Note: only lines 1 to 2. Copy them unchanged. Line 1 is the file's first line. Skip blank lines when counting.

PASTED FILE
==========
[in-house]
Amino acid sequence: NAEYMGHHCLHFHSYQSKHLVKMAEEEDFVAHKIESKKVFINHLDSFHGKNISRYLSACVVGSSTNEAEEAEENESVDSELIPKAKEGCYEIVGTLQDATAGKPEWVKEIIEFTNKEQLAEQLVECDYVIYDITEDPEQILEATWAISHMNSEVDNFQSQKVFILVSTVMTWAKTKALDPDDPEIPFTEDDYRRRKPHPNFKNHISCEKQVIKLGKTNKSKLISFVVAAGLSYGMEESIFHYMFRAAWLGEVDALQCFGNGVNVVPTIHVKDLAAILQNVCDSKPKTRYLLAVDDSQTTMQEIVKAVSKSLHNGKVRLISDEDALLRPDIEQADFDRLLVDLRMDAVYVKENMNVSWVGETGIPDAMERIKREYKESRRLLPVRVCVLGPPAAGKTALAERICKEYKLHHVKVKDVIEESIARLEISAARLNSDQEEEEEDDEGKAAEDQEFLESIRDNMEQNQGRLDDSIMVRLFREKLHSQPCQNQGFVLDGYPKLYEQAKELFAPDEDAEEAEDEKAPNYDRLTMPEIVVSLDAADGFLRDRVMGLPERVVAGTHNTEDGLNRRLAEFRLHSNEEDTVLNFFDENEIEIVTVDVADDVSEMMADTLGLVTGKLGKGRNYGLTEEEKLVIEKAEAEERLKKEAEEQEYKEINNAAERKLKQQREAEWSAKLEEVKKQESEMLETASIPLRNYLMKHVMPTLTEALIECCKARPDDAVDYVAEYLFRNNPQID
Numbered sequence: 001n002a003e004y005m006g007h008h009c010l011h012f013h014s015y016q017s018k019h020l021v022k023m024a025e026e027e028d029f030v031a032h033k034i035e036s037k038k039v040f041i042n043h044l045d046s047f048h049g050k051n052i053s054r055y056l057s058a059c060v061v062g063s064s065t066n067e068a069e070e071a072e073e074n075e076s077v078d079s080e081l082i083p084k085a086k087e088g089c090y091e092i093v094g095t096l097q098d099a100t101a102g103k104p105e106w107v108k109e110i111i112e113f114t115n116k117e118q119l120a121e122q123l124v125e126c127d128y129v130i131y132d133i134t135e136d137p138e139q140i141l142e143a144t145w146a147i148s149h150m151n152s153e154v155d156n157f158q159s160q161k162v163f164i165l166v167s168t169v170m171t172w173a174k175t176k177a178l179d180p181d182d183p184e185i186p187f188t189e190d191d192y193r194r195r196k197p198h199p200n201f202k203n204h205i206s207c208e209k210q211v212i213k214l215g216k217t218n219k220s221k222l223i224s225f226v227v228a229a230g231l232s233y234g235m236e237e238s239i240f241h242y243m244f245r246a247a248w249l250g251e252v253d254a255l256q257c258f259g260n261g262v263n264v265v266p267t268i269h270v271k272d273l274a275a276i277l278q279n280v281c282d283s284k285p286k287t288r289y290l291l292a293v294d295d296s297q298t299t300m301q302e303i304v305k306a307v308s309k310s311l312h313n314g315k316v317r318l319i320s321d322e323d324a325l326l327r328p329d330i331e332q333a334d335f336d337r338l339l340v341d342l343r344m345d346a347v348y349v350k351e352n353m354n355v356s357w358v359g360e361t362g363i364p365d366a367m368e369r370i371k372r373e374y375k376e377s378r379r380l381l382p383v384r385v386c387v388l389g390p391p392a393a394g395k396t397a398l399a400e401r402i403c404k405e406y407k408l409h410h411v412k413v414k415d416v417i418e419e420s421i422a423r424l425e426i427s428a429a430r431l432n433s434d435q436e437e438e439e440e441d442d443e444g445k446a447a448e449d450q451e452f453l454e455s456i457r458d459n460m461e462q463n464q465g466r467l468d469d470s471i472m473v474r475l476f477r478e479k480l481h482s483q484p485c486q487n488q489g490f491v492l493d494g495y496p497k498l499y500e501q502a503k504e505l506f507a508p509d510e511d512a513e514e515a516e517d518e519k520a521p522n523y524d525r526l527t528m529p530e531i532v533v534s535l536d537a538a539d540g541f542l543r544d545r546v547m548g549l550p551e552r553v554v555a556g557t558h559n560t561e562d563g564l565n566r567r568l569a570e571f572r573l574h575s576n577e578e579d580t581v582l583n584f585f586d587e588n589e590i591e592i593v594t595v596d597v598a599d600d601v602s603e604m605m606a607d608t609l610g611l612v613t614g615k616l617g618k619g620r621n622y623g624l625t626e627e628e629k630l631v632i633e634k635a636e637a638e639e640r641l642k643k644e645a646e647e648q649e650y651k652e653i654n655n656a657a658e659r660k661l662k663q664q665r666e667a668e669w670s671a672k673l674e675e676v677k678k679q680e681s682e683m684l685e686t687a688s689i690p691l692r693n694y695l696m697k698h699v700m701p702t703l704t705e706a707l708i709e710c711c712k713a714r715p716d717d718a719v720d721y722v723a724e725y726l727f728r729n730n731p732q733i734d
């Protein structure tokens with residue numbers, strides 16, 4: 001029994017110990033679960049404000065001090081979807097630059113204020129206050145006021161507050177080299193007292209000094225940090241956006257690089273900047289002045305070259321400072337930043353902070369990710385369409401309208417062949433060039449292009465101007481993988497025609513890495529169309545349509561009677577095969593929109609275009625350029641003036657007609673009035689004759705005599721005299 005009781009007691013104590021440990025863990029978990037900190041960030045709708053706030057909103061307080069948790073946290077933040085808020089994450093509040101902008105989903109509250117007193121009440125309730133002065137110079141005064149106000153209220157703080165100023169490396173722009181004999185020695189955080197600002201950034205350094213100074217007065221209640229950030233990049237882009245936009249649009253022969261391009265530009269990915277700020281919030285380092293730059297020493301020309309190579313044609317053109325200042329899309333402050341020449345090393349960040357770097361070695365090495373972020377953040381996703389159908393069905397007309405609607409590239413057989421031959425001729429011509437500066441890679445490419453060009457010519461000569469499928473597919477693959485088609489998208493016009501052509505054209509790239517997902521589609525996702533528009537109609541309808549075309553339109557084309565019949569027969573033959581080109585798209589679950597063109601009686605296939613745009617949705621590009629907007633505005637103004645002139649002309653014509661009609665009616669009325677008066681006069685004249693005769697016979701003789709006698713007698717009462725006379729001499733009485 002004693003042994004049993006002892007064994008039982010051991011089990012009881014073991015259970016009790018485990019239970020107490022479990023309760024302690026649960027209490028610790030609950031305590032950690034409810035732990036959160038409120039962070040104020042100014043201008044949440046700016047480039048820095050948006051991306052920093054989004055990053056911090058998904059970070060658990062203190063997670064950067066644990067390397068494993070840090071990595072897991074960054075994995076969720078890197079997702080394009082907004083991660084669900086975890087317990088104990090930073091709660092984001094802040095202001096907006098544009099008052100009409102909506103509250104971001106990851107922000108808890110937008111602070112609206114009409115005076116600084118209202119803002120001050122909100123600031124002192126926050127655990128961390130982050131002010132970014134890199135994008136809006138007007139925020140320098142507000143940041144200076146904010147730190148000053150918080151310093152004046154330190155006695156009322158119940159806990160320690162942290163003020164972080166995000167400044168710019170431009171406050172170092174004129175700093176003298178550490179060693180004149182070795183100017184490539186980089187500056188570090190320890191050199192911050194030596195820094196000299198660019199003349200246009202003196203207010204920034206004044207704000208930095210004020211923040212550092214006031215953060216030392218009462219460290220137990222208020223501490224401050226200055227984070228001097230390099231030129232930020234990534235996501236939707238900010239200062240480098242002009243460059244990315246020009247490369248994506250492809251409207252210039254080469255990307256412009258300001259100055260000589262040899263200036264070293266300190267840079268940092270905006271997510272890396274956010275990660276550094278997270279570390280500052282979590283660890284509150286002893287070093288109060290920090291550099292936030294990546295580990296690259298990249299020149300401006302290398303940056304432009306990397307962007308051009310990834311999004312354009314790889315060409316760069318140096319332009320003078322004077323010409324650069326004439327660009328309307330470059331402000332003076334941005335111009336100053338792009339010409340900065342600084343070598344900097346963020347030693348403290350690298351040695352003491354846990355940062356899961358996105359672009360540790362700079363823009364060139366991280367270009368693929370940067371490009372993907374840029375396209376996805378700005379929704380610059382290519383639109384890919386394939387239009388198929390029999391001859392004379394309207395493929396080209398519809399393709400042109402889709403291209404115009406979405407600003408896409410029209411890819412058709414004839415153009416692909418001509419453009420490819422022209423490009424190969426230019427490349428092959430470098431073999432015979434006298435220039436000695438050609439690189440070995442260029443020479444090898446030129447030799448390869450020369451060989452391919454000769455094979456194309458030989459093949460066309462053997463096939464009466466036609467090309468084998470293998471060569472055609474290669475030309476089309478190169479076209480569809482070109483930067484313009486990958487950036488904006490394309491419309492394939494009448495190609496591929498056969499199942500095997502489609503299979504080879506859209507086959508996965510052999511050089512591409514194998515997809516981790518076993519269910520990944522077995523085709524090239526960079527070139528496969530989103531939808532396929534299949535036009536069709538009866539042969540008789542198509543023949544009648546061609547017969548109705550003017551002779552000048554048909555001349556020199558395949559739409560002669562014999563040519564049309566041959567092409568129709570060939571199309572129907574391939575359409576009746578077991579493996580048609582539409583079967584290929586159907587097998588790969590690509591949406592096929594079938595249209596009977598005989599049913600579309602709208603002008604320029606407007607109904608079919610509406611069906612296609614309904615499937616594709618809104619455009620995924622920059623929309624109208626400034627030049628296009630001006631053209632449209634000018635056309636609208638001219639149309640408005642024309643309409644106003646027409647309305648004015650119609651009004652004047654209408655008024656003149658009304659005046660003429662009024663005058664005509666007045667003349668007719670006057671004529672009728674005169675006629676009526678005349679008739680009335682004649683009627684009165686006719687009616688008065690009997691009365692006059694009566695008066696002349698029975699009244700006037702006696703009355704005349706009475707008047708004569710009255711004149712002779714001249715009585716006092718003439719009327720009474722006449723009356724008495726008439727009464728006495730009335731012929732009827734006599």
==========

[in-house]
Amino acid sequence: NAEYMGHHCLHFHSYQSKHLVKMAEEEDFVAHKIESKKVFINHLDSFHGKNISRYLSACVVGSSTNEAEEAEENESVDSELIPKAKEGCYEIVGTLQDATAGKPEWVKEIIEFTNKEQLAEQLVECDYVIYDITEDPEQILEATWAISHMNSEVDNFQSQKVFILVSTVMTWAKTKALDPDDPEIPFTEDDYRRRKPHPNFKNHISCEKQVIKLGKTNKSKLISFVVAAGLSYGMEESIFHYMFRAAWLGEVDALQCFGNGVNVVPTIHVKDLAAILQNVCDSKPKTRYLLAVDDSQTTMQEIVKAVSKSLHNGKVRLISDEDALLRPDIEQADFDRLLVDLRMDAVYVKENMNVSWVGETGIPDAMERIKREYKESRRLLPVRVCVLGPPAAGKTALAERICKEYKLHHVKVKDVIEESIARLEISAARLNSDQEEEEEDDEGKAAEDQEFLESIRDNMEQNQGRLDDSIMVRLFREKLHSQPCQNQGFVLDGYPKLYEQAKELFAPDEDAEEAEDEKAPNYDRLTMPEIVVSLDAADGFLRDRVMGLPERVVAGTHNTEDGLNRRLAEFRLHSNEEDTVLNFFDENEIEIVTVDVADDVSEMMADTLGLVTGKLGKGRNYGLTEEEKLVIEKAEAEERLKKEAEEQEYKEINNAAERKLKQQREAEWSAKLEEVKKQESEMLETASIPLRNYLMKHVMPTLTEALIECCKARPDDAVDYVAEYLFRNNPQID